Step aside, Samus. Gato Roboto‘s protagonist cat Kiki is every bit as able and badass as that grizzled, suited up bounty hunter. With a mechanized suit outfitted with several different abilities and level design that pays homage to Metroids of yore, Gato Roboto doesn’t reinvent the wheel, but it feels great to play.
Gato Roboto is a Metroidvania developed by doinksoft and published by Devolver Digital. When I previewed Gato Roboto earlier this month, I fell in love with the visuals and feel of platforming around mysterious caves and laboratories. Luckily, Gato Roboto remains a solid title for any Metroidvania fan.
Gato Roboto‘s Simple and Effective Design
Gato Roboto’s aesthetic is undeniably charming. The levels of Gato Roboto are all expertly crafted and the sprite work is outstanding. Despite Gato Roboto‘s black and white palette, every area you come across stands out on its own. Later on, I explored an area filled with heat and lava. Heat waves rippled across the screen, creating a very impressive effect. Another area contains metal pipes and gusts of wind, invoking an industrial feel.
Curious players can encounter cartridges to change the color scheme of their game. By enabling a cartridge, black and white might turn into a neon red scheme. I always went with the default option, but I couldn’t help myself from poking my nose in every room I suspect could hide one of these elusive cartridges.
The soundtrack is also a hit. It has an old-school, sci-fi charm. The music reminds me of an old-school platformer running on the GameBoy. It’s a great backdrop to the for the gameplay, which is a fast-paced romp throughout Gato Roboto‘s expansive levels.
Running and Gunning in Gato Roboto
Kiki the cat is a fragile feline that will die in one hit from any source of damage. That’s why you’re mostly confined to a mechanical suit that upgrades periodically throughout this adventure. Some segments are too small for the suit to move through, so you can hop out of it and traverse and climb walls as Kiki. In one specific area of Gato Roboto, Kiki uses a submarine to navigate an area filled with underwater foes. Whether you’re in the suit or submarine, or even crawling around corridors as just Kiki, movement feels great. The platforming is precise and satisfying. While I wished the level design felt a little less linear and had more verticality, each room comprises enough different platforming challenges and enemies that gameplay doesn’t feel stale.
Your robotic suit has an arsenal of upgrades I mentioned before, all of which will help you advance into other areas later on. This is true to the Metroidvania formula. While the rockets and double jump are fun and satisfying to use, Gato Roboto plays it safe. There isn’t anything I haven’t seen before. No upgrade really wowed me, even though they are all useful and fun. A later upgrade allows you to phase through certain obstacles, but this is severely underused and never reached its full potential.
The Foes of Gato Roboto
As far as boss battles go, these are sparse and quite underwhelming. In my preview, I pointed out that bosses felt like bullet sponges. After beating Gato Roboto, I still stand by this statement. Most bosses feel like one-trick ponies too. Their attack patterns are predictable, requiring little in the way of forethought.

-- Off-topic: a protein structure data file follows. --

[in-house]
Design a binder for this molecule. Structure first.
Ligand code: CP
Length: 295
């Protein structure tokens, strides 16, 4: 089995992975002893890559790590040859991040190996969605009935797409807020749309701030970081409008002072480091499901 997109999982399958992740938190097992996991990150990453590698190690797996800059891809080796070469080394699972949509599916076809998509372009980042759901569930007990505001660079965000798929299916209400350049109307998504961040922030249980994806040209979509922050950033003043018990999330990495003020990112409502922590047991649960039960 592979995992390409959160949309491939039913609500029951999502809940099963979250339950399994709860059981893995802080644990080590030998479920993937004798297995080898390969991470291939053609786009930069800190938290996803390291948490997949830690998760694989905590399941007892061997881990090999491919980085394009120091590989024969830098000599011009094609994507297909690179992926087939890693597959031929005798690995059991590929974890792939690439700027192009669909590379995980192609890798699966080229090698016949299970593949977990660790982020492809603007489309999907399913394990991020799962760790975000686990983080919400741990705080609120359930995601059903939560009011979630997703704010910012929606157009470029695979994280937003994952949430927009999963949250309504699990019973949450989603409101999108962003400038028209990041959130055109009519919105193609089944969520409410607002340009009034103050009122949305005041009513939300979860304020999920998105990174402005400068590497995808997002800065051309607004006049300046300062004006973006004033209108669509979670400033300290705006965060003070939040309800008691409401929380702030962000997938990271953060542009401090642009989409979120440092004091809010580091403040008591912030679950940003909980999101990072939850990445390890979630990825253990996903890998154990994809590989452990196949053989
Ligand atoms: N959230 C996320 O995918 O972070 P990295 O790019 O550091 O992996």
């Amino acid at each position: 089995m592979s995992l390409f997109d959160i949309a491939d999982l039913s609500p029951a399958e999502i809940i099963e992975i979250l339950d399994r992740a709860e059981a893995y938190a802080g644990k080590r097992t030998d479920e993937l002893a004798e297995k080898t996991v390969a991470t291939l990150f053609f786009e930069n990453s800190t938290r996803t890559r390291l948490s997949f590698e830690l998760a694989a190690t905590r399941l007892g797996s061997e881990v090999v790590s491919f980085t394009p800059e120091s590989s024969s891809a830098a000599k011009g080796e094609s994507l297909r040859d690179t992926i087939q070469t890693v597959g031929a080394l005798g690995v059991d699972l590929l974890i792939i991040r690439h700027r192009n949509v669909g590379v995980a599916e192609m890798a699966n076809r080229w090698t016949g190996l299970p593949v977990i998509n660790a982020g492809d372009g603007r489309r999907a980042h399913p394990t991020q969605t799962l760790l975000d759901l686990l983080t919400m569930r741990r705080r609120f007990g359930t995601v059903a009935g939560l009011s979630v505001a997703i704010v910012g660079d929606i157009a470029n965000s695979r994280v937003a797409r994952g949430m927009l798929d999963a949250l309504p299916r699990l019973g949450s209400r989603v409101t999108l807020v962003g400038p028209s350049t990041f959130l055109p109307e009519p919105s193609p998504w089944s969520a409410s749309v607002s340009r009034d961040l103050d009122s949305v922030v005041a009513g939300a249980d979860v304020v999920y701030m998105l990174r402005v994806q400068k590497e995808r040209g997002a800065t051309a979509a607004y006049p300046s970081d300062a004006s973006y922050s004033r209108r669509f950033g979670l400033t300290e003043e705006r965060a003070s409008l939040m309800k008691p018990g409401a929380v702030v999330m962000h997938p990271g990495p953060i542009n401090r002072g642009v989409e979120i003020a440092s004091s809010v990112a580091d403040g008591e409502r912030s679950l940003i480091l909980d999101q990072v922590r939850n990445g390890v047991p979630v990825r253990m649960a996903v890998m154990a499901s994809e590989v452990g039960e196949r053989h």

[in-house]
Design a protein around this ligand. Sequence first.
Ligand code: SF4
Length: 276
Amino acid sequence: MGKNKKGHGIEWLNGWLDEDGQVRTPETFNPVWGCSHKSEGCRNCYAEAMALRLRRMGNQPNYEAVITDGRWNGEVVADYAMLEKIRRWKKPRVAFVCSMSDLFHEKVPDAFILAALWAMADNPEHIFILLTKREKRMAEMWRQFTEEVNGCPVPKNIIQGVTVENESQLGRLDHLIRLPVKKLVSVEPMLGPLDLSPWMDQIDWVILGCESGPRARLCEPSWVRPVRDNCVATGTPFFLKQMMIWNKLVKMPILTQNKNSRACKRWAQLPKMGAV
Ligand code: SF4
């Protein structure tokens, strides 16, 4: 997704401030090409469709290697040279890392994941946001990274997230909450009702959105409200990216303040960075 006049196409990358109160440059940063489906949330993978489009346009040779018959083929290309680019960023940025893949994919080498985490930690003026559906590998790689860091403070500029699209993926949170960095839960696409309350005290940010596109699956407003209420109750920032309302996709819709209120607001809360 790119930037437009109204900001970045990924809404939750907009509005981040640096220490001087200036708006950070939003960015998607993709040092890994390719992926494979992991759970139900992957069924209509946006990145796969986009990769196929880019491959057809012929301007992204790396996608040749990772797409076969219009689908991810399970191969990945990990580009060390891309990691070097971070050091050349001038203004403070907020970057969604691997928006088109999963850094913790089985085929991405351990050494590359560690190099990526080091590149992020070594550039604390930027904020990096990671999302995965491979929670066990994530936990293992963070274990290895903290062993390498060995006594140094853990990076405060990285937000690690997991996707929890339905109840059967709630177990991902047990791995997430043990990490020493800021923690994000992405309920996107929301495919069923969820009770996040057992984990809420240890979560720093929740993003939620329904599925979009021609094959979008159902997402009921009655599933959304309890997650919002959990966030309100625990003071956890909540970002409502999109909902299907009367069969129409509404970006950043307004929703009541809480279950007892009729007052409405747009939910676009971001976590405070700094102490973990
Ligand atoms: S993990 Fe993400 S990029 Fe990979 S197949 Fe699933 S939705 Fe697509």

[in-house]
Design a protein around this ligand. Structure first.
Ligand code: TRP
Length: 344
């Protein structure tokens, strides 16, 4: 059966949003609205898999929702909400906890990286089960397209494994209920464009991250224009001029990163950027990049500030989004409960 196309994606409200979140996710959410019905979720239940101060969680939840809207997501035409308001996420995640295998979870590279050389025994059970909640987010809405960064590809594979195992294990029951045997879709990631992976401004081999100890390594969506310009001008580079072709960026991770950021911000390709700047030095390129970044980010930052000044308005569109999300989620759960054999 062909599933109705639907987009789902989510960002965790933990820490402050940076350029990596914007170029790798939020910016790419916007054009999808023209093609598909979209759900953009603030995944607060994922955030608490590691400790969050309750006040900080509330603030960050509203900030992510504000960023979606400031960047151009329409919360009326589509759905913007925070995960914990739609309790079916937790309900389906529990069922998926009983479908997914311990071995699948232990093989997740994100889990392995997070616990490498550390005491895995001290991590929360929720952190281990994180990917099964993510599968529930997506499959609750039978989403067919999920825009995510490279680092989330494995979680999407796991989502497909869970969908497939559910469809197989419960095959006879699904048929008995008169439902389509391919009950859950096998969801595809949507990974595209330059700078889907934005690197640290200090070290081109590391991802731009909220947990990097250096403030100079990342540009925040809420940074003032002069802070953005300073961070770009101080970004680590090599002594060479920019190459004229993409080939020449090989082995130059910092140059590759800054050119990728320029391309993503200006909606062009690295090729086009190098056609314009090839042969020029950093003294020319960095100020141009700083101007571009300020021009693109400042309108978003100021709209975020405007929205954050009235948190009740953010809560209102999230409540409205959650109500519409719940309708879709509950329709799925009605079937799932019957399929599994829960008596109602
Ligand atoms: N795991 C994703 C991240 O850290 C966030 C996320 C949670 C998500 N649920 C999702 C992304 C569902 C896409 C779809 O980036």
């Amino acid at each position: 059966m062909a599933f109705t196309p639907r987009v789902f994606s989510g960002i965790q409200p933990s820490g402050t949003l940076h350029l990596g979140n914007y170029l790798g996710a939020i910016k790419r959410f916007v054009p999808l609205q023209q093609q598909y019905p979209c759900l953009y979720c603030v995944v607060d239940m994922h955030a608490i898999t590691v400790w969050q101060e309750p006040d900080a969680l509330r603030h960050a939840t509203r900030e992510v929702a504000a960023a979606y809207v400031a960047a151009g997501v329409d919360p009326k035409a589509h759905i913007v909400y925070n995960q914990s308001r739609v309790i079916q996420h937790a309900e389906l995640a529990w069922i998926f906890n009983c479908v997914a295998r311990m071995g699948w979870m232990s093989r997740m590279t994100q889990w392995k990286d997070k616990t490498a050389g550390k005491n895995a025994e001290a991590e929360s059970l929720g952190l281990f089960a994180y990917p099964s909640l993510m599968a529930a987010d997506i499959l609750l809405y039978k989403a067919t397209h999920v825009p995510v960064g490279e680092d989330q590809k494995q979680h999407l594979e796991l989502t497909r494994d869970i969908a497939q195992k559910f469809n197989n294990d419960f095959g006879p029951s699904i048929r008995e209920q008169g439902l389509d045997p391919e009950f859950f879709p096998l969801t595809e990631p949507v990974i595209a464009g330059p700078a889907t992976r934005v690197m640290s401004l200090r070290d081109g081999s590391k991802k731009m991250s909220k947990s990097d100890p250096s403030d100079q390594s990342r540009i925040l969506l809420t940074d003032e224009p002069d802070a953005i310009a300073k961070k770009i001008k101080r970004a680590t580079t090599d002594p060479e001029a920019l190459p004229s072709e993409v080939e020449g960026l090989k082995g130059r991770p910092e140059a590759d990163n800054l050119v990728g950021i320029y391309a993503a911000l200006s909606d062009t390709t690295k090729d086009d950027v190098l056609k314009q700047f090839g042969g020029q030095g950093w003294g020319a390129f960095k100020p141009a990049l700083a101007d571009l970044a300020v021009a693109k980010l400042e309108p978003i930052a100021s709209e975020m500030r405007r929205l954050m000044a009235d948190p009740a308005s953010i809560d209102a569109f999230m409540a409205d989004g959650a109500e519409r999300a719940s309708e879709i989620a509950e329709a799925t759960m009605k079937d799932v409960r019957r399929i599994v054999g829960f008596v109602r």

Boss battles were also frustrating while using Gato Roboto‘s keyboard control scheme. Unfortunately, there are no keybinding options, so it’s best to resort to a controller. With aiming controlled by the arrow keys and buttons close together, it can be hard to get Kiki to do what you want to do. Rocket jumps become particularly hard with the keyboard controls. The controller played much better and I gained much more appreciation for the exceptional platforming.
Smaller enemies scattered throughout the levels are more enjoyable to fight. While you could run through most rooms without shooting a single enemy, there is a decent variety of foes to fight. Giant hives spawn bees that track you around. Spindly centipedes protrude from the ceiling or floor, making it dangerous to navigate environments. The last brief area of Gato Roboto had some enemies I hadn’t seen prior but would have added to the experience if they appeared earlier. Later foes have more unique attack patterns and are visually more well-designed than earlier enemies, though none were disappointing.
Gato Roboto Review | Final Thoughts
Gato Roboto is a brief journey. I had experience with the game from my preview, so I was able to complete Gato Roboto in around two and a half hours. It’s well-paced though, and it is a game that speedrunners will likely enjoy. There are even achievements for completing the adventure in under an hour or beating it without obtaining a health upgrade. These provide a nice amount of replayability while keeping things challenging.
If you’re looking for a satisfying Metroidvania experience, Gato Roboto is a cute, fun choice. The gameplay doesn’t do anything revolutionary for the genre but most everything Gato Roboto does, it does well. The boss battles and controls could use some work, but it doesn’t ruin the experience by any means. Really, how could you say no to an adorable cat in a mechanized suit?
TechRaptor reviewed Gato Roboto on PC via Steam with a code provided by the publisher.
If you can get over the fact that Gato Roboto doesn't revolutionize the Metroidvania genre, you're in for a fun time. With an incredibly charming art style and genuinely fun gameplay, you won't regret aiding Kiki on this action-packed adventure.
- Wonderful Art and Music
- Great Platforming
- Cool Enemy Variety
- Collectable Color Schemes
- Uninteresting Boss Battles
- Frustrating Keyboard Controls
- Relatively Linear Levels